Category Archives: Medical ID Fraud

Doctors and Mobile Devices – Not A Secure Mix

Skycure, a mobile device protection vendor released its new mobile threat intelligence report and the data is not pretty.  One thing the report says is that 40% of the mobile devices are at risk of a network attack over a four month window.

Out of 51 million device scans in 2015, Skycure found almost 13,000 malicious apps.  They also say that 27+ million devices with medical apps installed might be infected with a high risk malware.

Aetna’s CSO, Jim Routh, has a horrible but accurate description of your cell phone.  He says “The mobile phone is the best surveillance device in history,” – “Each device is a potential attack target for personal data, company data, and, in the healthcare industry, the private medical and health information of patients and customers.  It’s imperative that both mobile users and their employers understand the risk and how to stay safe.”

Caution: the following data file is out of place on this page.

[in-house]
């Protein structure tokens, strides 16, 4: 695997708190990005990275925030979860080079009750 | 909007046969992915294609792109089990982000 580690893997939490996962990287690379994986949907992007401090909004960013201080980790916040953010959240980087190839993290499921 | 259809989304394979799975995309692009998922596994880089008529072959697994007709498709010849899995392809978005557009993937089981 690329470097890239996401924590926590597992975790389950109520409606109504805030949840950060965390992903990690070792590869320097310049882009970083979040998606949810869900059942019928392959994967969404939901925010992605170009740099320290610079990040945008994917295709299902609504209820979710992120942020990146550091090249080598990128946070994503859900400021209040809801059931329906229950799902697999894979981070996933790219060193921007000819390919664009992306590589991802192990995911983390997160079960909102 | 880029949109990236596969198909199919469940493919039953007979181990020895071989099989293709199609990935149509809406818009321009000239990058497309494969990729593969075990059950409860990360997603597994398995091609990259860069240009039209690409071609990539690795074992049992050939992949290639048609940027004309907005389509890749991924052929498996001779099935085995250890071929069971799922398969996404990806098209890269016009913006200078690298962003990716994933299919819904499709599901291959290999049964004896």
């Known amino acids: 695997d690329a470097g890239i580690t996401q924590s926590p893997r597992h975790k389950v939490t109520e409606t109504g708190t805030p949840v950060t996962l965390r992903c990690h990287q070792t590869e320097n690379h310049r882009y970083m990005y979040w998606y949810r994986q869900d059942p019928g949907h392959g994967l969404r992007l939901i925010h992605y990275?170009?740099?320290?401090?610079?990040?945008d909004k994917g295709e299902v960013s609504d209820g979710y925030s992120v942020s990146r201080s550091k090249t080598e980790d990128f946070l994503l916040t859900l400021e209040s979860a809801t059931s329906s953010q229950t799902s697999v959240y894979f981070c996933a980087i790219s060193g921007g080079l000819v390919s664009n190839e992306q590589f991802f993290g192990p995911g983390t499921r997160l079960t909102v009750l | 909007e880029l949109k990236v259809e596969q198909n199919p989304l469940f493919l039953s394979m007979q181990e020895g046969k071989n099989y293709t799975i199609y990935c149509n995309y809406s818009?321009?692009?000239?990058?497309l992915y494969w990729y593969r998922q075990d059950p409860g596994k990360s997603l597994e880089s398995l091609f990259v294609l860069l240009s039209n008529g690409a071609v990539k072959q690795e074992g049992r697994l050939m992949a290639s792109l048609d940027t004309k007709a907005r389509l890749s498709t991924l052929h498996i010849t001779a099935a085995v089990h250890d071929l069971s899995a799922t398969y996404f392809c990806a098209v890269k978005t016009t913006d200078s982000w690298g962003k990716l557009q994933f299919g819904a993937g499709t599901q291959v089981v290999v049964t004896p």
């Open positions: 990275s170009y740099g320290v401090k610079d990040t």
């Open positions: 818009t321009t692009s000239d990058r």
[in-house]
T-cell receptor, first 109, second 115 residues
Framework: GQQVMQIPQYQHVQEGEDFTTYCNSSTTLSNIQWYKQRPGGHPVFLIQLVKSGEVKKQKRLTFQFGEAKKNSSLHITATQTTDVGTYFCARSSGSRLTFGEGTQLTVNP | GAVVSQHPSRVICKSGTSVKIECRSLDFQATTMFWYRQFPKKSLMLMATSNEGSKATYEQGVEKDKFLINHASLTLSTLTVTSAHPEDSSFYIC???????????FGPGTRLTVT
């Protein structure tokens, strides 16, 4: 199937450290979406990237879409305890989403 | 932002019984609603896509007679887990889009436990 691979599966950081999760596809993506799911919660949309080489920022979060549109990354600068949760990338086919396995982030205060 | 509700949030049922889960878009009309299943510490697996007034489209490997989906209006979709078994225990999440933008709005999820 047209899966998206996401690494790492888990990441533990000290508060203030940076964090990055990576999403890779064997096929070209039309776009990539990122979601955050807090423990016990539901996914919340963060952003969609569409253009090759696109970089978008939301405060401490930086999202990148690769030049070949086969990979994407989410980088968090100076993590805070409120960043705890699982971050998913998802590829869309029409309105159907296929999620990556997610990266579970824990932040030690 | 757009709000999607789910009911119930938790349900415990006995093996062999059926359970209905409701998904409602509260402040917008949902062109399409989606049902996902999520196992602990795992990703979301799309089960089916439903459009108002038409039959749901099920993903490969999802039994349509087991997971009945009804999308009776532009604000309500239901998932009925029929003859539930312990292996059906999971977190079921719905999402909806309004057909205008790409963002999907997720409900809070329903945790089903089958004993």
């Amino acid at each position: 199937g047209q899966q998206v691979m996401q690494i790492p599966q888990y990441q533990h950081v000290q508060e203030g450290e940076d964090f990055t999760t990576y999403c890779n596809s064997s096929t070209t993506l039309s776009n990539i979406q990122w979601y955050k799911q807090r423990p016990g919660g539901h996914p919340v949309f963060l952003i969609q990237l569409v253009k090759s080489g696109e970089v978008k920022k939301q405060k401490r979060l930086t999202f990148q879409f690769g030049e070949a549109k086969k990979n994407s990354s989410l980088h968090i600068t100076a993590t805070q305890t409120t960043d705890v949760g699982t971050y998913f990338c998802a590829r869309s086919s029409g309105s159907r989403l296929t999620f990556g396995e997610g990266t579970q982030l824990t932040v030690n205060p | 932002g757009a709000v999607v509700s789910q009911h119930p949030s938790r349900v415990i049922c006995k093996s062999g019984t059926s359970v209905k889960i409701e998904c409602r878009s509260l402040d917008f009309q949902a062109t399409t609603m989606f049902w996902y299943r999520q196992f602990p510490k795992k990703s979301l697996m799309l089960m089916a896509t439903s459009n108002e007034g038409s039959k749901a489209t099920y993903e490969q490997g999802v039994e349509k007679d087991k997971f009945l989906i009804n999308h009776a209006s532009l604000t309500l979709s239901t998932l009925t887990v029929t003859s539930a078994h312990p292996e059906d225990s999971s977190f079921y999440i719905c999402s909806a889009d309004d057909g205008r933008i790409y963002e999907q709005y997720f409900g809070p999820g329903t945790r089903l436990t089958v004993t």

Other statistics include:

  • 80% of doctors use mobile devices to assist their day to day practice
  • 28% store patient data on their mobile devices
  • 11% of mobile devices are running an OUTDATED operating system with HIGH SEVERITY vulnerabilities that might have stored patient data
  • 14% of mobile devices containing patient data likely have no passcode on them.
  • 27.79 million devices with medical apps installed might also be infected with high risk malware.
  • A whopping 52% of devices use passcodes – meaning half of the devices do not use a passcode.
  • While 88% of iOS users were using iOS 9, only 3% of Android users were using Marshmallow (Android 6).  I have written about this before and it is a place where Apple kills Google hands down.

Suffice it to say, the healthcare community has a big challenge ahead of it and it is not going away any time soon.

Information for this post came from IT Wire.

4 Health Care Breaches Reported This Week Alone

The Examiner reported about 4 health care data breaches on the 20th.  See if you can find a common element.

Information on 21,000 California Blue Shield customers, including health care info, was compromised when a vendor call center employee was socially engineered, their login information compromised and their customer data stolen.